Eat or Not To Eat: How to cook with bay leaves
Bay leaves dry very well, and since their flavor intensifies over several weeks after they’re picked and dried, that’s how they’re usually sold. However, sometimes you can find them fresh in the produce department.
If you want to experiment with bay leaves, the easiest way to use them is simply to toss one or two whole leaves into a soup, stew, or braising liquid. Let it simmer along with any meat, vegetables, or stock, and it will infuse the food with a mild herbal flavor.
You can also add a whole bay leaf to pickling brine when making pickled vegetables.
By leaving them whole, they’re easier to see and remove before you serve the dish. If you’re using smaller pieces of bay leaves, try putting them in a tea infuser for easier removal.
Bay leaves are also a classic ingredient in a seasoning blend called “bouquet garni,”which is French for “garnished bouquet.” It’s a bundle of herbs that’s tied together with a string and added to a stock or sauce to boost the flavor.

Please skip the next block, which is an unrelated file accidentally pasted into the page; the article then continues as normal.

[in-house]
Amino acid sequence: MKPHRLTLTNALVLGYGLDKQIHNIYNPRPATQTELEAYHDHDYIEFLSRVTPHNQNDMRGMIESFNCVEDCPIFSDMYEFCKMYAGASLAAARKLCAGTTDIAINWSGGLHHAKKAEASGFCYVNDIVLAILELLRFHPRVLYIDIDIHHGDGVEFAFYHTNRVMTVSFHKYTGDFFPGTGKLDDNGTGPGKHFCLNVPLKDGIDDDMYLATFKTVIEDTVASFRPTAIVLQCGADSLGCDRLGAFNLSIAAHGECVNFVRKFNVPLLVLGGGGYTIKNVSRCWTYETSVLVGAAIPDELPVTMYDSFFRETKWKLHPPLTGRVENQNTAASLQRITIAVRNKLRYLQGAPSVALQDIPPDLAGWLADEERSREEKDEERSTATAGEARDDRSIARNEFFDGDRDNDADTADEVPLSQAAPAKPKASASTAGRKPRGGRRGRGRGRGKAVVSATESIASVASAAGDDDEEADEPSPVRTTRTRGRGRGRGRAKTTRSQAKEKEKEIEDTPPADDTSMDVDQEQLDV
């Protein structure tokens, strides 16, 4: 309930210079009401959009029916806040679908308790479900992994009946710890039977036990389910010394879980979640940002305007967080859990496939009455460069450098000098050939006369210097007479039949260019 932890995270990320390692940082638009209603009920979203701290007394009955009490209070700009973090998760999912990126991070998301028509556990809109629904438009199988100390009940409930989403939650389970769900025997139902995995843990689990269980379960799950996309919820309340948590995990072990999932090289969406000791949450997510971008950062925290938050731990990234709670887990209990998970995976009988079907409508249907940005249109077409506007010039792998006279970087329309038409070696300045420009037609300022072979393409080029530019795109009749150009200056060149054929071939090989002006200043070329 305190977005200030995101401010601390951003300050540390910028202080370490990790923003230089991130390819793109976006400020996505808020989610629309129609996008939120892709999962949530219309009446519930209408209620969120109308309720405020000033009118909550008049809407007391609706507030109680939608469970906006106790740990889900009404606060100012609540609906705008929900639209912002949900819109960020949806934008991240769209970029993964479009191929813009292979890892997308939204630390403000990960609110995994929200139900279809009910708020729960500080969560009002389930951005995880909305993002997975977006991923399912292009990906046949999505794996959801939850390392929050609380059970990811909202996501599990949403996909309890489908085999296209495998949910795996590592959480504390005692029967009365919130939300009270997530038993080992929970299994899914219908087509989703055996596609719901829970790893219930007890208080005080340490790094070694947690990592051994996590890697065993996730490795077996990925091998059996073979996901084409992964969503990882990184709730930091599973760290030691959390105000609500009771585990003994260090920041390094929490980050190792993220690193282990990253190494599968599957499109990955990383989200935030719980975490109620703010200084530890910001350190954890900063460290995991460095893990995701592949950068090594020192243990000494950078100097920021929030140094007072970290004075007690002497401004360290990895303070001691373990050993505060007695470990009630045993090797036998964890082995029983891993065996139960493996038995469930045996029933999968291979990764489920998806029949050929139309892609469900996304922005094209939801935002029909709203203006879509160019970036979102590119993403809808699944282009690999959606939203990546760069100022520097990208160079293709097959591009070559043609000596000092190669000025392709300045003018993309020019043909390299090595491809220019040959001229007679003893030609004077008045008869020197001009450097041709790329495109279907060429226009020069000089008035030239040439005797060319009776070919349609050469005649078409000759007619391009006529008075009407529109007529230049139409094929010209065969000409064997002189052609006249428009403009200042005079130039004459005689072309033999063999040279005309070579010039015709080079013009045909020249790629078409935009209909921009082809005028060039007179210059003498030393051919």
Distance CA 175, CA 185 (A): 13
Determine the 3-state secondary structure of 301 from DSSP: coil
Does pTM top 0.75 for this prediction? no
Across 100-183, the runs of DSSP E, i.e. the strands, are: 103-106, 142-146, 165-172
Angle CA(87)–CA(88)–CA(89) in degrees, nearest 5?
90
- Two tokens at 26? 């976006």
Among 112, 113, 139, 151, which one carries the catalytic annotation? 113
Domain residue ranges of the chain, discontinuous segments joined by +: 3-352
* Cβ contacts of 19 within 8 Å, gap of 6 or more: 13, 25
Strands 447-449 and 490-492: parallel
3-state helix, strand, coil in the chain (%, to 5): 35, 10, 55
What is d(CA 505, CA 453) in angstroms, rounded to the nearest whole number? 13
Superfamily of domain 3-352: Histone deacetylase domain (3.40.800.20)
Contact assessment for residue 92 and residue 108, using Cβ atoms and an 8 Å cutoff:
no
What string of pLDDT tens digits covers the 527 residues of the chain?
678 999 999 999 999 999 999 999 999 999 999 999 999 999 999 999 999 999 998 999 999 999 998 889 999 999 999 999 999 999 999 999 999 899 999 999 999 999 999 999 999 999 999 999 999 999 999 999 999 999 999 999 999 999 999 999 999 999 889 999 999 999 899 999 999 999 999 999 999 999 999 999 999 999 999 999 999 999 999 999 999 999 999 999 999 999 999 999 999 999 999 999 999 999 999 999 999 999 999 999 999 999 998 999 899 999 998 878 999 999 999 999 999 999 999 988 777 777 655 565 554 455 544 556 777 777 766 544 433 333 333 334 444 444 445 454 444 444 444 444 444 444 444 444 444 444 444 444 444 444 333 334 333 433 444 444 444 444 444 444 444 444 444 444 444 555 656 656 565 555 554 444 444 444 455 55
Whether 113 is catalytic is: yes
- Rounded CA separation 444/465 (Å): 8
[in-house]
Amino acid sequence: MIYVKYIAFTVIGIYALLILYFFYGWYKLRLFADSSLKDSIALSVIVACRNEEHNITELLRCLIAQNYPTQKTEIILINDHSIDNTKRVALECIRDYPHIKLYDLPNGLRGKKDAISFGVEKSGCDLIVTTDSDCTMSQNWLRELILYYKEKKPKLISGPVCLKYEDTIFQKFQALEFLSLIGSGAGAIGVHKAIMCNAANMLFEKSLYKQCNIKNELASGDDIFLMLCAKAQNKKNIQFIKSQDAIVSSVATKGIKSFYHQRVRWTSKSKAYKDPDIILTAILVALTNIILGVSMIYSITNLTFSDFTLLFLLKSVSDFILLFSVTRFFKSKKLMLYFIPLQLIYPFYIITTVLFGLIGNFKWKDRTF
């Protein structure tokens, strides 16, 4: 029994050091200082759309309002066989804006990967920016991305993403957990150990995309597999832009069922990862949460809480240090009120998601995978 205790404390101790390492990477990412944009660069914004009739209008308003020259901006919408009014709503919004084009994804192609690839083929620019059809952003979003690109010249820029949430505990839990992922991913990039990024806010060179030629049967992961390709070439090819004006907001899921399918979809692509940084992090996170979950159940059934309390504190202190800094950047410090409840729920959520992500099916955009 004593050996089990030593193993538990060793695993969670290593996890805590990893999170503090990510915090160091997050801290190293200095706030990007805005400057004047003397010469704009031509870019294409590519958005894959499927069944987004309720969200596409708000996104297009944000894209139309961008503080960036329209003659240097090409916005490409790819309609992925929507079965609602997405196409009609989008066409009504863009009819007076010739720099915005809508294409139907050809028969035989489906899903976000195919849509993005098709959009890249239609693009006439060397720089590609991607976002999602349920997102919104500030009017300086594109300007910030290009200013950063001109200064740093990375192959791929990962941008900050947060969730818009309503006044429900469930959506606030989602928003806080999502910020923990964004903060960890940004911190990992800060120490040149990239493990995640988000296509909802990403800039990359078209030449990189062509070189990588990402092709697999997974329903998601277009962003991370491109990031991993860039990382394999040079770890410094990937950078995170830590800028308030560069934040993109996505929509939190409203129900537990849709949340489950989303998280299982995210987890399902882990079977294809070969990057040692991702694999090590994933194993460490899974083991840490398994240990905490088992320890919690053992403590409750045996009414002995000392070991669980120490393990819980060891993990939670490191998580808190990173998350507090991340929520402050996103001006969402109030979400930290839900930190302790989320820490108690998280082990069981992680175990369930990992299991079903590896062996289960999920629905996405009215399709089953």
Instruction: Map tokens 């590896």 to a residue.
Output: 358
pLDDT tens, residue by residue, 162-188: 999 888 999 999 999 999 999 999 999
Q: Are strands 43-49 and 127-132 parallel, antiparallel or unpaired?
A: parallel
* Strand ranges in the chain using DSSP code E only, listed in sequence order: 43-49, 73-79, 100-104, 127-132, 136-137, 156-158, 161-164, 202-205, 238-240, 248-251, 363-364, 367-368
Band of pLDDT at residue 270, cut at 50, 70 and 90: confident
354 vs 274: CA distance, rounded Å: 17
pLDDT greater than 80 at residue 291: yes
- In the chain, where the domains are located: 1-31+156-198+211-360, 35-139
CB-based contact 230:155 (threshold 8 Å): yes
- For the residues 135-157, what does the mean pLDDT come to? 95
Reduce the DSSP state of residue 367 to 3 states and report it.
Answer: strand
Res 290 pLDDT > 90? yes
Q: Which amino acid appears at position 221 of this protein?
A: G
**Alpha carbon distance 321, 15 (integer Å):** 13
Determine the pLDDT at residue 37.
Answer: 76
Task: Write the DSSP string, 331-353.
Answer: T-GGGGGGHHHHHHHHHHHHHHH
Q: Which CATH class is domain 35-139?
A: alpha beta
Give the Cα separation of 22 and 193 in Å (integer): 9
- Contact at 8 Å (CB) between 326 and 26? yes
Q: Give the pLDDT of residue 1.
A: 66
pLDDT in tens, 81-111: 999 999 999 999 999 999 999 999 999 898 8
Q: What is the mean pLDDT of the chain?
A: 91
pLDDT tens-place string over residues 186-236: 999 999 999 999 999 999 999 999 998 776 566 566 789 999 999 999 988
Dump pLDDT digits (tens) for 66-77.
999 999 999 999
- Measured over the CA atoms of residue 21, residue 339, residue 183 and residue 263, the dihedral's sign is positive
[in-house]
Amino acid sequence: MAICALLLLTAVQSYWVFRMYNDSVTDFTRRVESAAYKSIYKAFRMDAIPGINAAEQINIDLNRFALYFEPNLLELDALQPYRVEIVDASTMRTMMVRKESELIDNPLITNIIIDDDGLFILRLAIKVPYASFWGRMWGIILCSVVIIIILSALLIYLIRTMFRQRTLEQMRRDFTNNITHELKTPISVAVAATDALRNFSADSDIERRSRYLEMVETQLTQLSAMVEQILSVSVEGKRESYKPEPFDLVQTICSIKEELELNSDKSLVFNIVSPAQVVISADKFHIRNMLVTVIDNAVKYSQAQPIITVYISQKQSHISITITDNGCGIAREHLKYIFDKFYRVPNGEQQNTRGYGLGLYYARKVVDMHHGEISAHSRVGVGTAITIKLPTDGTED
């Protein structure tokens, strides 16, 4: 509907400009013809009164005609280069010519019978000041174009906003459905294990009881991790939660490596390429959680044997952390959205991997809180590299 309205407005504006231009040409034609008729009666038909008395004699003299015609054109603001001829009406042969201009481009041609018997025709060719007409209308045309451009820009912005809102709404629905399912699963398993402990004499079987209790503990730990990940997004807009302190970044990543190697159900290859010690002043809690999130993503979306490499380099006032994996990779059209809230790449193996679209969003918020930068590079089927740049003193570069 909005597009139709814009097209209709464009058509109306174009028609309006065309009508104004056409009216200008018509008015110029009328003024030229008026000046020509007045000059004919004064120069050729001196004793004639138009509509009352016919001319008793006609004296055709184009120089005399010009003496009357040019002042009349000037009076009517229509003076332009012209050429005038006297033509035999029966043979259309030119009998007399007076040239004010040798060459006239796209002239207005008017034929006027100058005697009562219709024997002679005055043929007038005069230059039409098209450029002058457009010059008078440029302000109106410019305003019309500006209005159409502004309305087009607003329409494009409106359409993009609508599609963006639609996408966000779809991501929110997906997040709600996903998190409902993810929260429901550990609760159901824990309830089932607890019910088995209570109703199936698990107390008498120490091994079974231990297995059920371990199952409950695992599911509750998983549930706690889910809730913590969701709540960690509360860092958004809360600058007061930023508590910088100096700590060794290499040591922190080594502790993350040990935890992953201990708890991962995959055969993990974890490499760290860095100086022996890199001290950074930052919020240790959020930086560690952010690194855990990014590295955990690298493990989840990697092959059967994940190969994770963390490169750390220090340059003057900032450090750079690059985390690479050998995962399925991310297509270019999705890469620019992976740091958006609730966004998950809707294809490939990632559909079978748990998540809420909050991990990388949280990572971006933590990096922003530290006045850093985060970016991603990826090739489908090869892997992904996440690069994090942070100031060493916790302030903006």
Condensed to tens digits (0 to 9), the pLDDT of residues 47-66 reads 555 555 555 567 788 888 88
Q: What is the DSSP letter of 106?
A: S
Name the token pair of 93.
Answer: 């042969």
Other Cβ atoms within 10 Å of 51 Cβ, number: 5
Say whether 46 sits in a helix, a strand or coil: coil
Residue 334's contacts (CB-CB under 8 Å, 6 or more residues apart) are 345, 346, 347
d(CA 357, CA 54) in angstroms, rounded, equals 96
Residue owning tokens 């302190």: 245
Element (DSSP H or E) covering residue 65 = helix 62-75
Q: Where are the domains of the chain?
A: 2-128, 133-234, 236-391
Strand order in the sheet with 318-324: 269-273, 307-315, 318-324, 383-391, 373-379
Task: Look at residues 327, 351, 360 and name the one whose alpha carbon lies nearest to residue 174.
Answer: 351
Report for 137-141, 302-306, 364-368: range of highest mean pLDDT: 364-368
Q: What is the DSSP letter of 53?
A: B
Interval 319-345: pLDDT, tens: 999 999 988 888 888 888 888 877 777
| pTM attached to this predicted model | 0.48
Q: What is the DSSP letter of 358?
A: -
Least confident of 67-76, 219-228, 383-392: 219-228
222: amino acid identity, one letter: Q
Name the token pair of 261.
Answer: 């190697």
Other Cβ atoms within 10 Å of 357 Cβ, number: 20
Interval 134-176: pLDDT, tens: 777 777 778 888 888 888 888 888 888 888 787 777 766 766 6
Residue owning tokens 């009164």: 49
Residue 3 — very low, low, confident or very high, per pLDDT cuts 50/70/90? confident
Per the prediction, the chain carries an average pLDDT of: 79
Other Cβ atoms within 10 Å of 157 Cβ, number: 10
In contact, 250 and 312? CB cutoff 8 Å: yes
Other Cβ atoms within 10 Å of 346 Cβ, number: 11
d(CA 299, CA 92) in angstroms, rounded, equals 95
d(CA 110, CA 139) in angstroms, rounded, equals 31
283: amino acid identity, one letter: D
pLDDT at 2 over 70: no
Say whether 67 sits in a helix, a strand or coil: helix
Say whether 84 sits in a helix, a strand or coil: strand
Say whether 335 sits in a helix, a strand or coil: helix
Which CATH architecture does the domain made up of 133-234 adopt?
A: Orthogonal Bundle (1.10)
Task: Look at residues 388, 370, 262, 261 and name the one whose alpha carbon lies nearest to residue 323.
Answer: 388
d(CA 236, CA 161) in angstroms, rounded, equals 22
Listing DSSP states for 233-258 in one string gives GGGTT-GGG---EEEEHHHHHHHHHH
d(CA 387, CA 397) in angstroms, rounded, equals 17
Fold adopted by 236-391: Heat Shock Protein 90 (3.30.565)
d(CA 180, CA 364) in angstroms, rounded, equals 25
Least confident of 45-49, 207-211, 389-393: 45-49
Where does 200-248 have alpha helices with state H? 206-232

If you don’t want to worry about accidentally ingesting a bay leaf, or you want to use it in a spice rub, purchase ground bay leaf instead, and use it as you would any other dried, powdered spice.
However you decide to use them, don’t store them for too long.
Dried bay leaves will keep for about 12 months. If you find fresh ones or you grow your own, you can dry them and store them in an airtight container. Alternatively, you can freeze the fresh leaves for up to 1 year.
Adding fresh or dried bay leaves to your cooking liquid can enhance the flavor of your dish. Use them whole and remove them before serving, or buy ground bay leaf powder instead.